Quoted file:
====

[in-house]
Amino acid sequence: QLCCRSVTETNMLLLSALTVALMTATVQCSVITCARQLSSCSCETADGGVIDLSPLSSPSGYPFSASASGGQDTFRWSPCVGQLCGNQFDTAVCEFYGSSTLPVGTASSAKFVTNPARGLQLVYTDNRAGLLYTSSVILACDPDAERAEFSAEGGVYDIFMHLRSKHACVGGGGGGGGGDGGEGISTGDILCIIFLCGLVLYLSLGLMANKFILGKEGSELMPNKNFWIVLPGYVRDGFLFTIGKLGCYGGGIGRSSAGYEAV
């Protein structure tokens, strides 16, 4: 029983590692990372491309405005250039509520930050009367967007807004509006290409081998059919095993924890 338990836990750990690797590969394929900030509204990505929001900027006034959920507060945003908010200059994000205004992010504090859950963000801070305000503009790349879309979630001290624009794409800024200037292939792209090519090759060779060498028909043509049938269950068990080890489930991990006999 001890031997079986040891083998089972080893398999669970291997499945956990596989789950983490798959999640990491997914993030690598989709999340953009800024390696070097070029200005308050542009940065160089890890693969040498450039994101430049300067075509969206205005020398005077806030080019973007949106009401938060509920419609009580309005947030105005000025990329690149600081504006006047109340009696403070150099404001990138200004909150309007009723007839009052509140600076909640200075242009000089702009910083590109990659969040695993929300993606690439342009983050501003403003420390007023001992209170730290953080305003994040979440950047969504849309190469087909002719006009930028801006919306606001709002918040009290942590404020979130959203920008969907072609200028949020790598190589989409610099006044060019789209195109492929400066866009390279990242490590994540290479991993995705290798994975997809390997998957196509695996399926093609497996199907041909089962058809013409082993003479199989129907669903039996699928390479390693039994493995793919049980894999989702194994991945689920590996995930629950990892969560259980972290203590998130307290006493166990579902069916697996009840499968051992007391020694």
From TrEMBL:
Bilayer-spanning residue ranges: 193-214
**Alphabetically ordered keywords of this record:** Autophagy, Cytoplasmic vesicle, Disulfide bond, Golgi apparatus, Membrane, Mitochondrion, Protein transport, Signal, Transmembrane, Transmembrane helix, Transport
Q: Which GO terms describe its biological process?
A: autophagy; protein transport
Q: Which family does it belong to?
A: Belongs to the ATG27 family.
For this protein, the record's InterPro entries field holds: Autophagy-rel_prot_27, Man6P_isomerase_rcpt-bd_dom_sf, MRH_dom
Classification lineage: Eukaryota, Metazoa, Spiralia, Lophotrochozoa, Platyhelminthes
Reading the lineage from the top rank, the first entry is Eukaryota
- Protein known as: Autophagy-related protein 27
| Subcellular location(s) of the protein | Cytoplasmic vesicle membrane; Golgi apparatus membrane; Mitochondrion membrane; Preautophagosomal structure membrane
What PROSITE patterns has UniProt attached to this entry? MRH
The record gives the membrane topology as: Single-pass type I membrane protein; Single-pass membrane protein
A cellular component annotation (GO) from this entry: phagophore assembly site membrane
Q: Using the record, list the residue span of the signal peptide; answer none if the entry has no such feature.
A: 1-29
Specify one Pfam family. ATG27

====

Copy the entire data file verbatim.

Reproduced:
[in-house]
Amino acid sequence: QLCCRSVTETNMLLLSALTVALMTATVQCSVITCARQLSSCSCETADGGVIDLSPLSSPSGYPFSASASGGQDTFRWSPCVGQLCGNQFDTAVCEFYGSSTLPVGTASSAKFVTNPARGLQLVYTDNRAGLLYTSSVILACDPDAERAEFSAEGGVYDIFMHLRSKHACVGGGGGGGGGDGGEGISTGDILCIIFLCGLVLYLSLGLMANKFILGKEGSELMPNKNFWIVLPGYVRDGFLFTIGKLGCYGGGIGRSSAGYEAV
């Protein structure tokens, strides 16, 4: 029983590692990372491309405005250039509520930050009367967007807004509006290409081998059919095993924890 338990836990750990690797590969394929900030509204990505929001900027006034959920507060945003908010200059994000205004992010504090859950963000801070305000503009790349879309979630001290624009794409800024200037292939792209090519090759060779060498028909043509049938269950068990080890489930991990006999 001890031997079986040891083998089972080893398999669970291997499945956990596989789950983490798959999640990491997914993030690598989709999340953009800024390696070097070029200005308050542009940065160089890890693969040498450039994101430049300067075509969206205005020398005077806030080019973007949106009401938060509920419609009580309005947030105005000025990329690149600081504006006047109340009696403070150099404001990138200004909150309007009723007839009052509140600076909640200075242009000089702009910083590109990659969040695993929300993606690439342009983050501003403003420390007023001992209170730290953080305003994040979440950047969504849309190469087909002719006009930028801006919306606001709002918040009290942590404020979130959203920008969907072609200028949020790598190589989409610099006044060019789209195109492929400066866009390279990242490590994540290479991993995705290798994975997809390997998957196509695996399926093609497996199907041909089962058809013409082993003479199989129907669903039996699928390479390693039994493995793919049980894999989702194994991945689920590996995930629950990892969560259980972290203590998130307290006493166990579902069916697996009840499968051992007391020694």
From TrEMBL:
Bilayer-spanning residue ranges: 193-214
**Alphabetically ordered keywords of this record:** Autophagy, Cytoplasmic vesicle, Disulfide bond, Golgi apparatus, Membrane, Mitochondrion, Protein transport, Signal, Transmembrane, Transmembrane helix, Transport
Q: Which GO terms describe its biological process?
A: autophagy; protein transport
Q: Which family does it belong to?
A: Belongs to the ATG27 family.
For this protein, the record's InterPro entries field holds: Autophagy-rel_prot_27, Man6P_isomerase_rcpt-bd_dom_sf, MRH_dom
Classification lineage: Eukaryota, Metazoa, Spiralia, Lophotrochozoa, Platyhelminthes
Reading the lineage from the top rank, the first entry is Eukaryota
- Protein known as: Autophagy-related protein 27
| Subcellular location(s) of the protein | Cytoplasmic vesicle membrane; Golgi apparatus membrane; Mitochondrion membrane; Preautophagosomal structure membrane
What PROSITE patterns has UniProt attached to this entry? MRH
The record gives the membrane topology as: Single-pass type I membrane protein; Single-pass membrane protein
A cellular component annotation (GO) from this entry: phagophore assembly site membrane
Q: Using the record, list the residue span of the signal peptide; answer none if the entry has no such feature.
A: 1-29
Specify one Pfam family. ATG27